Businessman pleads guilty in NY pension probe

A Los Angeles businessman secretly pleaded guilty to securities fraud two months ago in connection with an investigation of corruption at New York's public pension fund, authorities revealed Tuesday.

Julio Ramirez, a former agent for the Wetherly Capital Group, is the sixth person charged and the second to plead guilty in a probe of alleged kickbacks and influence peddling at the fund during the tenure of former state Comptroller Alan Hevesi.

New York's attorney general said Ramirez was one of a number of people seeking pension fund investments who sealed the deal by making huge payments to one of Hevesi's top political aides.

Two investment firms that had hired Wetherly to drum up business ultimately received $50 million each from the retirement fund after Ramirez agreed to share the profits from the deals with the aide, Hank Morris.

Wetherly made $630,000 in fees on the investment. Morris took home $250,000, according to prosecutors.

"This investigation has uncovered a matrix of corruption," Attorney General Andrew Cuomo said in a statement. He added that Ramirez was never licensed as a broker.

Ramirez entered his guilty plea in a New York City courtroom on March 5, but the case remained sealed until Monday.

His lawyer did not immediately return a phone call and e-mail seeking comment.

In the months since Ramirez's secret plea, Morris and another Hevesi aide, David Loglisci, have been indicted on charges that they schemed to extract millions of dollars in payments from companies seeking investments from the $150 billion fund.

Investigators said some of that money was used to reward Hevesi's political allies, including the former head of New York's defunct Labor Party, Raymond Harding, who was also charged in the case. Saul Meyer, of Dallas-based Aldus Equity Partners, has also been charged with helping his firm get a $175 million investment by paying $300,000 to Morris.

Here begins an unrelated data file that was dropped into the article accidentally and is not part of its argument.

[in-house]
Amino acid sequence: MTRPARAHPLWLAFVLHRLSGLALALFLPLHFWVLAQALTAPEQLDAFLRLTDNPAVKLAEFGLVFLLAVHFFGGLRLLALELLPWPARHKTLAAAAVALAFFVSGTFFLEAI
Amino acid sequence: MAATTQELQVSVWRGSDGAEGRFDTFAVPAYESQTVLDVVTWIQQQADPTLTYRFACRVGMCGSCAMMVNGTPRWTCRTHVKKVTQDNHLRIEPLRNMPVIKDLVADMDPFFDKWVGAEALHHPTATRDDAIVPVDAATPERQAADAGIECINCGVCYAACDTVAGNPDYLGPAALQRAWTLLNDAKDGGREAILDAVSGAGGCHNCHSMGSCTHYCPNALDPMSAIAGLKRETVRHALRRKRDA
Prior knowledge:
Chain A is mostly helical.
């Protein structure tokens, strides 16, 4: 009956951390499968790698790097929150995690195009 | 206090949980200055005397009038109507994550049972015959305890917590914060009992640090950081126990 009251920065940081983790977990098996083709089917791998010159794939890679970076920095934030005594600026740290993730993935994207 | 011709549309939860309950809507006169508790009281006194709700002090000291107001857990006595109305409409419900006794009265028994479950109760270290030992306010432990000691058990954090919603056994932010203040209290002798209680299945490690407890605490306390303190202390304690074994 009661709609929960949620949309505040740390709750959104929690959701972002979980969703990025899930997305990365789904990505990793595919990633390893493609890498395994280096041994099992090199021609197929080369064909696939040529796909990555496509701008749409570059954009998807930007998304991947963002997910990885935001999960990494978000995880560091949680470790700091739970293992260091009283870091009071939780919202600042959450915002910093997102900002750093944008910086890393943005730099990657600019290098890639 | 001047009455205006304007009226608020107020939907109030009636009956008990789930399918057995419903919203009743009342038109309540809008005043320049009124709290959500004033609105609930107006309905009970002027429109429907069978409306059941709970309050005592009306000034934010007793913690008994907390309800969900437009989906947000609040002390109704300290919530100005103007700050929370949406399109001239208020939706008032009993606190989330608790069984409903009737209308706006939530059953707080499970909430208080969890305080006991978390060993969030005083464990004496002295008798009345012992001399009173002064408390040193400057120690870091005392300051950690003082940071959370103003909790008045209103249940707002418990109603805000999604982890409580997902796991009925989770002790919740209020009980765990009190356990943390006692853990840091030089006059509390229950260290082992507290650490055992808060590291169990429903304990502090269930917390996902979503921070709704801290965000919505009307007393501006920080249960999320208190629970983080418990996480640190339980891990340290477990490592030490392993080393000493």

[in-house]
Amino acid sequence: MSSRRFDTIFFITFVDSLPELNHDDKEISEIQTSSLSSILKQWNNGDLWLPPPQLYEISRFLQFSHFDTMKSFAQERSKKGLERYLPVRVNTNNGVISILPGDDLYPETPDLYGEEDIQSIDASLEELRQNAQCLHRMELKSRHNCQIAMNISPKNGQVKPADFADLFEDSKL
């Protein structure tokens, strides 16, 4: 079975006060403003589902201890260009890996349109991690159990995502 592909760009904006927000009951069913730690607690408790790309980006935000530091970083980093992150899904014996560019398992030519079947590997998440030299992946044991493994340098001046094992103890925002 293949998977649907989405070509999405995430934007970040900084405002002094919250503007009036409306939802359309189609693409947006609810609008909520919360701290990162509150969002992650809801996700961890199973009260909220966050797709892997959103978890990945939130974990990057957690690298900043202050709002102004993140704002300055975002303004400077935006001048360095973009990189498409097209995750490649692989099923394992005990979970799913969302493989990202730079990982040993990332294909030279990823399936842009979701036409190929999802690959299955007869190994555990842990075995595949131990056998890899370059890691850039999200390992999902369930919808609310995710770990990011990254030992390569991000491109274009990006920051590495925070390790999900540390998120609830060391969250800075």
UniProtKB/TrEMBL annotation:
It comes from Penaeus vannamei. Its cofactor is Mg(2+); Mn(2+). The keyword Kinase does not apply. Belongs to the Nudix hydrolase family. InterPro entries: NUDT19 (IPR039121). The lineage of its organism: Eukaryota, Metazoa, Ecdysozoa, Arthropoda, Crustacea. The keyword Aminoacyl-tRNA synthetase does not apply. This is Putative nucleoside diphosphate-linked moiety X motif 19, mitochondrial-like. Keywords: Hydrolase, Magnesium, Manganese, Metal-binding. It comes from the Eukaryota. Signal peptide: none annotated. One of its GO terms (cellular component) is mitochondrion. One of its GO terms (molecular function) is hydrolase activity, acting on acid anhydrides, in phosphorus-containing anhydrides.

Harding, Morris, Loglisci and Meyer have all said they did nothing wrong. A hedge fund executive and classical music entrepreneur, Barrett Wissman, pleaded guilty in March to helping Hevesi aides collect payments in connection with pension fund deals.

In recent weeks the probe has expanded into several other states where Wetherly and Aldus lobbied government funds for investments, including New Mexico and California.

A spokesman for Wetherly said the company is cooperating in the investigation and had done nothing wrong.

Ramirez hadn't worked for the firm since 2005, when he joined the Park Hill Group. Like Wetherly, Park Hill also solicits business for investment firms. It hasn't been accused of any wrongdoing in the case.

The Blackstone Group, which now owns Park Hill, said Ramirez voluntarily left the company in March, saying he wanted to start his own business.

"We found not a shred of evidence that he violated any standard of conduct," said firm spokesman Peter Rose.

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